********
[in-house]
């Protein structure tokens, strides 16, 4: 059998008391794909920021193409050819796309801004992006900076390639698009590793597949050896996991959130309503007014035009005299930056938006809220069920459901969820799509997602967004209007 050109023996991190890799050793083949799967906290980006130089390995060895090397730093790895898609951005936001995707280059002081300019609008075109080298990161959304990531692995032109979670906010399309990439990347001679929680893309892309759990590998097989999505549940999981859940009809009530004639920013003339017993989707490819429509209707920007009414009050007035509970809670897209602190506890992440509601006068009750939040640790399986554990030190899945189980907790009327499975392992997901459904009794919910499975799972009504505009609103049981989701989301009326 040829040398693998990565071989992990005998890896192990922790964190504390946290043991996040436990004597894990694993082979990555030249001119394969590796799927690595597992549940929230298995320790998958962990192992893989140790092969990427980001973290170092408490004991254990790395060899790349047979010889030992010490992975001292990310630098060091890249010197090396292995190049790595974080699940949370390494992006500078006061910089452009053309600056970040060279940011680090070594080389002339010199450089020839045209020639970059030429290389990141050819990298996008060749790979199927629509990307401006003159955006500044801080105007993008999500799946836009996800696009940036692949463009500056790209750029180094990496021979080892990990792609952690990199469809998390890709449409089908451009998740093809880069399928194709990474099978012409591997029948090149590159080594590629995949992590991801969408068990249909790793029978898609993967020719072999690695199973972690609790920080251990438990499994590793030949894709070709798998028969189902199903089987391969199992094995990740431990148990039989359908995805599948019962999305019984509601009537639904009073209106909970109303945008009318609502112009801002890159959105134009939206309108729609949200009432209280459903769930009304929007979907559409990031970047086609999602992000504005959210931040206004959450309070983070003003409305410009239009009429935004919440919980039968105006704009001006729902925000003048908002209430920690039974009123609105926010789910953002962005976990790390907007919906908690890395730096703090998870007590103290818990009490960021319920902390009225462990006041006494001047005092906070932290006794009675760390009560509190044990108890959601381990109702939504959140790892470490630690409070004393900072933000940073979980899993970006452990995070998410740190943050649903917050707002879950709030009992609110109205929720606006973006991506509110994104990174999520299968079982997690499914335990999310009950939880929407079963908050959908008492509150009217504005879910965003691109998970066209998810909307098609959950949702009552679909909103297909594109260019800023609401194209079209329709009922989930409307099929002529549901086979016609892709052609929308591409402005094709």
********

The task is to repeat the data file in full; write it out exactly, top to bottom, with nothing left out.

[in-house]
């Protein structure tokens, strides 16, 4: 059998008391794909920021193409050819796309801004992006900076390639698009590793597949050896996991959130309503007014035009005299930056938006809220069920459901969820799509997602967004209007 050109023996991190890799050793083949799967906290980006130089390995060895090397730093790895898609951005936001995707280059002081300019609008075109080298990161959304990531692995032109979670906010399309990439990347001679929680893309892309759990590998097989999505549940999981859940009809009530004639920013003339017993989707490819429509209707920007009414009050007035509970809670897209602190506890992440509601006068009750939040640790399986554990030190899945189980907790009327499975392992997901459904009794919910499975799972009504505009609103049981989701989301009326 040829040398693998990565071989992990005998890896192990922790964190504390946290043991996040436990004597894990694993082979990555030249001119394969590796799927690595597992549940929230298995320790998958962990192992893989140790092969990427980001973290170092408490004991254990790395060899790349047979010889030992010490992975001292990310630098060091890249010197090396292995190049790595974080699940949370390494992006500078006061910089452009053309600056970040060279940011680090070594080389002339010199450089020839045209020639970059030429290389990141050819990298996008060749790979199927629509990307401006003159955006500044801080105007993008999500799946836009996800696009940036692949463009500056790209750029180094990496021979080892990990792609952690990199469809998390890709449409089908451009998740093809880069399928194709990474099978012409591997029948090149590159080594590629995949992590991801969408068990249909790793029978898609993967020719072999690695199973972690609790920080251990438990499994590793030949894709070709798998028969189902199903089987391969199992094995990740431990148990039989359908995805599948019962999305019984509601009537639904009073209106909970109303945008009318609502112009801002890159959105134009939206309108729609949200009432209280459903769930009304929007979907559409990031970047086609999602992000504005959210931040206004959450309070983070003003409305410009239009009429935004919440919980039968105006704009001006729902925000003048908002209430920690039974009123609105926010789910953002962005976990790390907007919906908690890395730096703090998870007590103290818990009490960021319920902390009225462990006041006494001047005092906070932290006794009675760390009560509190044990108890959601381990109702939504959140790892470490630690409070004393900072933000940073979980899993970006452990995070998410740190943050649903917050707002879950709030009992609110109205929720606006973006991506509110994104990174999520299968079982997690499914335990999310009950939880929407079963908050959908008492509150009217504005879910965003691109998970066209998810909307098609959950949702009552679909909103297909594109260019800023609401194209079209329709009922989930409307099929002529549901086979016609892709052609929308591409402005094709």